Have you ever experienced a light show underwater? No, you are right that is not and can not be actually lights with electricity, but is the notorious scientific discovery of bioluminescence. One of the earliest sightings was by Aniximenes in 500 B.C. where he described that the alluring light show as “glowing when he struck the sea with an oar”. People have observed bioluminescence countless times ever since. In the Mesopelagic zone of the ocean, which is about 200m to 1000m in depth, almost 90% of marine organisms are bioluminescent. Bioluminescence is defined as “the emission of light from a living organism that functions for its survival or propagation”. It is a "cold" light, resulting from a specific biochemical mechanism involving chemical processes, often specific for that organism. The organisms that posses this ability occur mostly in the salt water marine environment, within glowing fungi, and a select few number of insects; for instance the fireflies, centipedes, and earthworms. In addition, it known as one of the major communication mechanisms. I have once been defined as “the process by which energy from a chemical reaction is transformed into light energy”. Marine bioluminescence is produced by an incredible range of organisms, from bacteria and single-celled protists to fish and squid. Bioluminescence is a form of luminescence, or "cold light" emissio. Ninety percent of deep-sea marine life is estimated to produce bioluminescence in some way.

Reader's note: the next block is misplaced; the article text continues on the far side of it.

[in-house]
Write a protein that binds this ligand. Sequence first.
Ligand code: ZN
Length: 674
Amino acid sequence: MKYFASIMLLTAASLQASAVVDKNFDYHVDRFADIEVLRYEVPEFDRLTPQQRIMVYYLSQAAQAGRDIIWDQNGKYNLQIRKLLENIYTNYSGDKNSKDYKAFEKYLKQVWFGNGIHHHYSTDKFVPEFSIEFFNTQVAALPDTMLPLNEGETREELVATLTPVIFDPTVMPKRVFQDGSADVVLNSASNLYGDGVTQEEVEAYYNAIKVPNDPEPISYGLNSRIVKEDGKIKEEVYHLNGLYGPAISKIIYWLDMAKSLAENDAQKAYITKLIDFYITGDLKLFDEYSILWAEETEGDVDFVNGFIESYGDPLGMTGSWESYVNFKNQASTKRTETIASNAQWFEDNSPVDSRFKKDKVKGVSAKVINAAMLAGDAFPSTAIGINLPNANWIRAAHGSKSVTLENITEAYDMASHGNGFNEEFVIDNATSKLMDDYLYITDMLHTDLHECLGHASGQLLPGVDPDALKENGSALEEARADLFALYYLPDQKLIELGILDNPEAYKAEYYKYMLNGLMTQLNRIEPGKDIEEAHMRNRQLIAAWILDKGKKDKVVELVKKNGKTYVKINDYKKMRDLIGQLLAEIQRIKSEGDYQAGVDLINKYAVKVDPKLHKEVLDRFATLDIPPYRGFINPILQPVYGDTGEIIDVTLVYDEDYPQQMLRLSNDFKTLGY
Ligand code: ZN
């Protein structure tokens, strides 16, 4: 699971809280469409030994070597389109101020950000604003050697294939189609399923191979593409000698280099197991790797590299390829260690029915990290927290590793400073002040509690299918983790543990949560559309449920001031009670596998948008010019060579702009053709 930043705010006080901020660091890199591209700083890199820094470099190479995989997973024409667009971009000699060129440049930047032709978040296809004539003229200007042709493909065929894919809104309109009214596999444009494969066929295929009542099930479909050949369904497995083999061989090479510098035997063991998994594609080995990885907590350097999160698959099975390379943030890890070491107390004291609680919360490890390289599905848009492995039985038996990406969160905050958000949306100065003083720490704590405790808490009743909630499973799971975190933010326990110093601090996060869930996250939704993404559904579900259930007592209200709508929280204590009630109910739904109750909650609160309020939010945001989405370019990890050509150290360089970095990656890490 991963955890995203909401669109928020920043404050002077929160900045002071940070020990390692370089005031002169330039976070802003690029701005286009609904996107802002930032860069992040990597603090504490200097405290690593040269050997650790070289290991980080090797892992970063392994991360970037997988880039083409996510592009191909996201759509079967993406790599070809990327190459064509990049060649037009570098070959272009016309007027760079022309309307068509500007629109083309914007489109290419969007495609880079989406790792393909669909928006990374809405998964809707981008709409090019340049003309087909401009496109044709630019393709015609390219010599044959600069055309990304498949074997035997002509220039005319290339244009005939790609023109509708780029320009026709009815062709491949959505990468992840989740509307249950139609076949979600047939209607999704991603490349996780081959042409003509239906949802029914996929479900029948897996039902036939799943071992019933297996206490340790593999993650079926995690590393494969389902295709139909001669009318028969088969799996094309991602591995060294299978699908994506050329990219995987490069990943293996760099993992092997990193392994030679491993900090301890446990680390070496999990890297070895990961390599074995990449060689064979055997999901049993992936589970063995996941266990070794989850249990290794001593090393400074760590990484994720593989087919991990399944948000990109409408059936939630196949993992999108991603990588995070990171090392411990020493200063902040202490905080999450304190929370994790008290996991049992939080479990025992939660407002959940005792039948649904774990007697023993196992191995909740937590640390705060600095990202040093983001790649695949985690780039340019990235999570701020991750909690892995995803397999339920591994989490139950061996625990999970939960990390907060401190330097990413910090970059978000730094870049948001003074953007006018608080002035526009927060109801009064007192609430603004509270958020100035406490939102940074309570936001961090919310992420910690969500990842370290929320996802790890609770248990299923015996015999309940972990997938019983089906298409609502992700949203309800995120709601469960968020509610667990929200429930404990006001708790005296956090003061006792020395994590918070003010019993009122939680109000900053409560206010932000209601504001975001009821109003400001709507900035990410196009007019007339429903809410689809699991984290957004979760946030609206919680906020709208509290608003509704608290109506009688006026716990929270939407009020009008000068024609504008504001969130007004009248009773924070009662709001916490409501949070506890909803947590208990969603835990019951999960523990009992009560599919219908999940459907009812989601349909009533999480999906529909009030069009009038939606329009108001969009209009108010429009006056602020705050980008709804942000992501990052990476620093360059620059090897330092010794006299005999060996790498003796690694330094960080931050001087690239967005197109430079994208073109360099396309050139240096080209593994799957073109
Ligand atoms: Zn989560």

Bioluminescence, the emission of ecologically functional light by living organisms, emerged independently on several occasions, yet the evolutionary origins of most bioluminescent systems remain obscure. We propose that the luminescent substrates of the luminous reactions (luciferin) are the evolutionary core of most systems, while luciferases, the enzymes catalyzing the photogenic oxidation of the luciferin, serve to optimize the expression of the endogenous chemiluminescent properties...
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